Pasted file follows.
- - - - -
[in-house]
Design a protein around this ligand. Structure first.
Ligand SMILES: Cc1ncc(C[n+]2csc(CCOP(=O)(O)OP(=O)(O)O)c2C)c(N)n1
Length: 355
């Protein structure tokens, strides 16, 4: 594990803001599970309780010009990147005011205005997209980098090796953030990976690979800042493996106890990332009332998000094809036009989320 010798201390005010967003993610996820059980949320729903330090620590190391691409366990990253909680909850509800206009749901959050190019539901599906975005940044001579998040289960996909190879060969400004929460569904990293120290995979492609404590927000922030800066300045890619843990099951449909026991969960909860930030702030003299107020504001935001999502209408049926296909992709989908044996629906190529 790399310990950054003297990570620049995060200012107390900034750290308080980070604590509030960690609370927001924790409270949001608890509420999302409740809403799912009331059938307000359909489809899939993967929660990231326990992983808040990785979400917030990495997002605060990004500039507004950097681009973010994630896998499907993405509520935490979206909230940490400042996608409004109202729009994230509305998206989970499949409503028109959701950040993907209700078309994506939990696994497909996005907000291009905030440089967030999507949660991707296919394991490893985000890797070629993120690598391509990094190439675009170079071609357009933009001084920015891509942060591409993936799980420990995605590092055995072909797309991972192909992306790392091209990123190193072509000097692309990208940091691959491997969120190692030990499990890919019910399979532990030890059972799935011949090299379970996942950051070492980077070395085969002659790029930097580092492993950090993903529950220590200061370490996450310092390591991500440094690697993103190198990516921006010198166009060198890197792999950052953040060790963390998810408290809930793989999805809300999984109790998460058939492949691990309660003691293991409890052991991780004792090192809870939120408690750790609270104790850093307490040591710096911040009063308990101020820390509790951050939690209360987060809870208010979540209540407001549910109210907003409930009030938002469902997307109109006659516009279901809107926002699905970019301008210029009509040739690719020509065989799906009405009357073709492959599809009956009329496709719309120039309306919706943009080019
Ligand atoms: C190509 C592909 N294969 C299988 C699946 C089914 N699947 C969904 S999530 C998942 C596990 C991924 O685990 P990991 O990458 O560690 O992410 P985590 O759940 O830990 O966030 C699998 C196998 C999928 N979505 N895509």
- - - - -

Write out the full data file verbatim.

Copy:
[in-house]
Design a protein around this ligand. Structure first.
Ligand SMILES: Cc1ncc(C[n+]2csc(CCOP(=O)(O)OP(=O)(O)O)c2C)c(N)n1
Length: 355
């Protein structure tokens, strides 16, 4: 594990803001599970309780010009990147005011205005997209980098090796953030990976690979800042493996106890990332009332998000094809036009989320 010798201390005010967003993610996820059980949320729903330090620590190391691409366990990253909680909850509800206009749901959050190019539901599906975005940044001579998040289960996909190879060969400004929460569904990293120290995979492609404590927000922030800066300045890619843990099951449909026991969960909860930030702030003299107020504001935001999502209408049926296909992709989908044996629906190529 790399310990950054003297990570620049995060200012107390900034750290308080980070604590509030960690609370927001924790409270949001608890509420999302409740809403799912009331059938307000359909489809899939993967929660990231326990992983808040990785979400917030990495997002605060990004500039507004950097681009973010994630896998499907993405509520935490979206909230940490400042996608409004109202729009994230509305998206989970499949409503028109959701950040993907209700078309994506939990696994497909996005907000291009905030440089967030999507949660991707296919394991490893985000890797070629993120690598391509990094190439675009170079071609357009933009001084920015891509942060591409993936799980420990995605590092055995072909797309991972192909992306790392091209990123190193072509000097692309990208940091691959491997969120190692030990499990890919019910399979532990030890059972799935011949090299379970996942950051070492980077070395085969002659790029930097580092492993950090993903529950220590200061370490996450310092390591991500440094690697993103190198990516921006010198166009060198890197792999950052953040060790963390998810408290809930793989999805809300999984109790998460058939492949691990309660003691293991409890052991991780004792090192809870939120408690750790609270104790850093307490040591710096911040009063308990101020820390509790951050939690209360987060809870208010979540209540407001549910109210907003409930009030938002469902997307109109006659516009279901809107926002699905970019301008210029009509040739690719020509065989799906009405009357073709492959599809009956009329496709719309120039309306919706943009080019
Ligand atoms: C190509 C592909 N294969 C299988 C699946 C089914 N699947 C969904 S999530 C998942 C596990 C991924 O685990 P990991 O990458 O560690 O992410 P985590 O759940 O830990 O966030 C699998 C196998 C999928 N979505 N895509």